Chicago Theatre Review
Working It All Out, Soprano Style
All’s Well That Ends Well by William Shakespeare – Stage Left Theatre
I could not think of a better way to spend William Shakespeare’s B-day then seeing Stage Left’s production of “All’s Well That Ends Well”. It was a delightful birthday indeed!
Re-imagined in the american mob scene of the 1950’s, this tale of family identity, loyalty, and (of course) mistaken identity was just the right amount of ChiCAHgo and tommy gun fun.
Deftly directed by Stage Left Ensemble member Drew Martin, this oft forgotten bard play moved quickly and entertainingly through the story of power and war. I liked the simple use of two tables and side panel treatments to make sure the audience knew what setting (city) the characters were inhabiting.
The story hinges on a young Helena as she is quickly orphaned and then adopted by the Countess of Rossillion. (Chicago standing in for this city) The story quickly moves to Paris (New YAWk) and even to Florence (MiYAMi) as Helena and Bertram’s story becomes intertwined.
So, as in many Shakespeare tales the young loves cause great distress among their families. Helena loves, then Bertram leaves. They reunite, she chooses him, then he rejects her. She plots and fools, he falls for the plot looking the fool; and finally he must reconcile his love for her.
Of course there is a lot more too it than that, with King’s consents and good buffoon’s betrayals, but all the characters move through the story with resonance and energy.
Melanie Derleth as Helena, does a lovely job moving through the story from damsel to dame. She keeps the audience enlightened and gives a sweet and sometimes whimsical portrayal of a woman obsessed with a callous count. Her love story counterpart, Luke Daigle, (Bertram) gave us his an admirable performance as the wishy washy target of her affection. I appreciate his youthful turn, but wanted more characterization of the misunderstood mob count. Indeed, it is a difficult role to gain any sympathy from the viewer.
The scarf ensconced liar, Parolles was a stand out for me. Jeremy Trager’s energy and characterization gave this part life and laughs. Well done. I also enjoyed Rich Logan’s rich take as the “mob king”. Although at first I was taken aback by the Christopher Walken style delivery. But whether intentional or not, it worked for me and I found it ultimately endearing.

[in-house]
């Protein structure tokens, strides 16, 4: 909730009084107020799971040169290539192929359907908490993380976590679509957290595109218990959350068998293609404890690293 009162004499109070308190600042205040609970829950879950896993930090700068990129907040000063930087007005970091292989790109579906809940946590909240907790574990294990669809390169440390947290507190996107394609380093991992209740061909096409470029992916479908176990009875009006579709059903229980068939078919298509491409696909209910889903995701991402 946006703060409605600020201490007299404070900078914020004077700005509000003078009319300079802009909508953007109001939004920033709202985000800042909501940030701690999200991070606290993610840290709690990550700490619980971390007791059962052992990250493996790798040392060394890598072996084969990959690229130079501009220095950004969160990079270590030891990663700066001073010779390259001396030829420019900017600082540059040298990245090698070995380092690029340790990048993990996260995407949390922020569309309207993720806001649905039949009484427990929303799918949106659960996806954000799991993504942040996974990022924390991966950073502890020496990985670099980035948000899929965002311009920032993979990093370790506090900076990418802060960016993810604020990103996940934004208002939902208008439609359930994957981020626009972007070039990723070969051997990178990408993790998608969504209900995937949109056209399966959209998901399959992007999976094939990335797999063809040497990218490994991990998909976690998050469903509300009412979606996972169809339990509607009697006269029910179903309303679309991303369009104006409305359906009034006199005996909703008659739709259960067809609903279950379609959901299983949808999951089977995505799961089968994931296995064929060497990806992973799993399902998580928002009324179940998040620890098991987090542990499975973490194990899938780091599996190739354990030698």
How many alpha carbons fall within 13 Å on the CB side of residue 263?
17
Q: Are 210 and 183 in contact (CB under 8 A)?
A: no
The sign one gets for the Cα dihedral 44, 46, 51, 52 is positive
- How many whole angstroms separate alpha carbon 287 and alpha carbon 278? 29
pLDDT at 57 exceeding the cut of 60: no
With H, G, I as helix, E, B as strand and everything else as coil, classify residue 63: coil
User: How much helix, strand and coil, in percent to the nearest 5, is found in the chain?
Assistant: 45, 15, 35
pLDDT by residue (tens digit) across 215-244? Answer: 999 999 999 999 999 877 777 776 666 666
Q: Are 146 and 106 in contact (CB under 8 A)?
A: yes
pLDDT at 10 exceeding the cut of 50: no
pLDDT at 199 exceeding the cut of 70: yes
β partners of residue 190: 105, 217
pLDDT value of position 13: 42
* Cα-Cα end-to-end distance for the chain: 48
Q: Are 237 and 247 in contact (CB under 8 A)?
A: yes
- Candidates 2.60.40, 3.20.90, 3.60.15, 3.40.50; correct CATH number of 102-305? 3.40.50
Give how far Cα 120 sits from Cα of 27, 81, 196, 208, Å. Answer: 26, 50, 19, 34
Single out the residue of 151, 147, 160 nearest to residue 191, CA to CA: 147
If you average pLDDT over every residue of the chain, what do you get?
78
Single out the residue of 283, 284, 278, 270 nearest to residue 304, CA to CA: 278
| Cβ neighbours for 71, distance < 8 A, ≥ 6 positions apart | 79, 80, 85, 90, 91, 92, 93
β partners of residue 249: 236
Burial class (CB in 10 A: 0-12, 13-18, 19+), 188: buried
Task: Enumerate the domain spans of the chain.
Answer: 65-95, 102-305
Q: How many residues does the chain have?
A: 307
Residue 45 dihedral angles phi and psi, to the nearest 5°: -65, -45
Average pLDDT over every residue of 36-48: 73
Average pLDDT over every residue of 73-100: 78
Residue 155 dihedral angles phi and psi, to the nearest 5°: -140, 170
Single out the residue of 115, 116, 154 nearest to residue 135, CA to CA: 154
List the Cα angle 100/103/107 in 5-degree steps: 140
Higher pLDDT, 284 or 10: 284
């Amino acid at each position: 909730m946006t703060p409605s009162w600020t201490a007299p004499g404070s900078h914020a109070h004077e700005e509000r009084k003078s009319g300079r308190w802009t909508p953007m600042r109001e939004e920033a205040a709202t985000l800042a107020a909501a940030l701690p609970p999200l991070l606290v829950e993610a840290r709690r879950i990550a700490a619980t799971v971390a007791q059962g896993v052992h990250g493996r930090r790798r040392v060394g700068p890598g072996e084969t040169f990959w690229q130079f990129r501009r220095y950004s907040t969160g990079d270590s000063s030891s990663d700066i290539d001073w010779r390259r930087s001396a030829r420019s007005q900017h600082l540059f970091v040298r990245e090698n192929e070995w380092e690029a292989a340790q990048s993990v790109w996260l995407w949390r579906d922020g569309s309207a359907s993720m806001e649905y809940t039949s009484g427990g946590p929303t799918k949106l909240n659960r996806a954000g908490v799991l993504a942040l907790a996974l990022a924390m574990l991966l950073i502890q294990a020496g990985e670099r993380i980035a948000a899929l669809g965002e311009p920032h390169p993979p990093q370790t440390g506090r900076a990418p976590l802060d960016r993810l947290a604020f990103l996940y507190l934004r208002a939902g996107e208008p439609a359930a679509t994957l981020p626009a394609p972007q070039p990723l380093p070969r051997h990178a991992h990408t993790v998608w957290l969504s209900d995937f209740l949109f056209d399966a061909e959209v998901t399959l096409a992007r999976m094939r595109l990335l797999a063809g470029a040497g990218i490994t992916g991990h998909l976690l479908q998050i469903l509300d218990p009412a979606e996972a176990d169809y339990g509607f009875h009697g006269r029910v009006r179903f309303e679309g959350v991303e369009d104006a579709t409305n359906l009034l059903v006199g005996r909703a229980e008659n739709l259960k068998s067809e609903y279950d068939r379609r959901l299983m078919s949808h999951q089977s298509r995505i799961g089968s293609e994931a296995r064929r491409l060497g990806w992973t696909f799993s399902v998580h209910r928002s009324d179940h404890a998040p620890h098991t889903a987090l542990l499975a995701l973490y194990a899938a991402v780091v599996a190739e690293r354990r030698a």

The over the top Miami group of Widow (Kimberly Logan) and her daughter Diana (Heather Christler) were a second act tropical breeze of energy and just plain funny.
The stalwart gentlemen in the names of Lafew (Sandy Elias) and Lavatch (Sean Sinitski) gave great performances as the solid G-Men of the group. Moving in and out of the drama long enough to interject an opinion, but making hast whenever possible. They seemed at home and confident in their roles.
The feuding factions gave us some great accents and attitudes befitting of a good black and white mob mentality movie, or a more recent episode of the Sopranos. I really enjoyed many of the ensemble moments in the show. Nick Mikula, Madison Niederhauser and Matt Pierce a lords and soldiers, were especially captivating as the mischievous captors.
The set (Alan Donahue), simple and understandable, and the spot on costumes (Theresa Ham) gave this piece the precise time and place without overdoing it. The music design (Jeffrey Levin) cannot be overlooked, for so many of the songs set up the scenes so well and brought us to that familiar 50’s flair.
I love a great Shakespeare play, but I am not a snob. This version was enjoyable and fun, and isn’t that the point in celebrating someones Birthday? And just like that, “Bada Bing Bada Boom” they made it happen.
Reviewed by Lazlo Collins
Presented now through May 24, 2015 by Stage Left Theatre at Theater Wit. 1229 W. Belmont Ave in Chicago
Tickets can be purchased by calling 773-883-8830 or Call the Theater Wit box office.
Additional information about this and other area productions can be found by visiting, www.theatreinchicago.com